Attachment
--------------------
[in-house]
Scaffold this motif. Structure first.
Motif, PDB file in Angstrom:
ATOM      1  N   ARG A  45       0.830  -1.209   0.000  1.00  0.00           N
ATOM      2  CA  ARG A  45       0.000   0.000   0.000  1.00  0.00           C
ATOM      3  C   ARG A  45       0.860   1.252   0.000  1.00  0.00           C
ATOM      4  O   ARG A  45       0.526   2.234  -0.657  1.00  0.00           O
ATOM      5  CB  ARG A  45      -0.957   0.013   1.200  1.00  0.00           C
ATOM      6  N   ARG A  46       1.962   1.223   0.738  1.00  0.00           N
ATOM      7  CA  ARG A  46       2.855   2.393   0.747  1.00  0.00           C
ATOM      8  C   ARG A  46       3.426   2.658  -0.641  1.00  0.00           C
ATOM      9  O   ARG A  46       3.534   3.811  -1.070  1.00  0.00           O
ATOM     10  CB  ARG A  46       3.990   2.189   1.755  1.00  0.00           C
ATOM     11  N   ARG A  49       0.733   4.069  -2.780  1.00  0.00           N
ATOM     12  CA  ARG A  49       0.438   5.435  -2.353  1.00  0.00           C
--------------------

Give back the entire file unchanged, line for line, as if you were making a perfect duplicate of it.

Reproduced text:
[in-house]
Scaffold this motif. Structure first.
Motif, PDB file in Angstrom:
ATOM      1  N   ARG A  45       0.830  -1.209   0.000  1.00  0.00           N
ATOM      2  CA  ARG A  45       0.000   0.000   0.000  1.00  0.00           C
ATOM      3  C   ARG A  45       0.860   1.252   0.000  1.00  0.00           C
ATOM      4  O   ARG A  45       0.526   2.234  -0.657  1.00  0.00           O
ATOM      5  CB  ARG A  45      -0.957   0.013   1.200  1.00  0.00           C
ATOM      6  N   ARG A  46       1.962   1.223   0.738  1.00  0.00           N
ATOM      7  CA  ARG A  46       2.855   2.393   0.747  1.00  0.00           C
ATOM      8  C   ARG A  46       3.426   2.658  -0.641  1.00  0.00           C
ATOM      9  O   ARG A  46       3.534   3.811  -1.070  1.00  0.00           O
ATOM     10  CB  ARG A  46       3.990   2.189   1.755  1.00  0.00           C
ATOM     11  N   ARG A  49       0.733   4.069  -2.780  1.00  0.00           N
ATOM     12  CA  ARG A  49       0.438   5.435  -2.353  1.00  0.00           C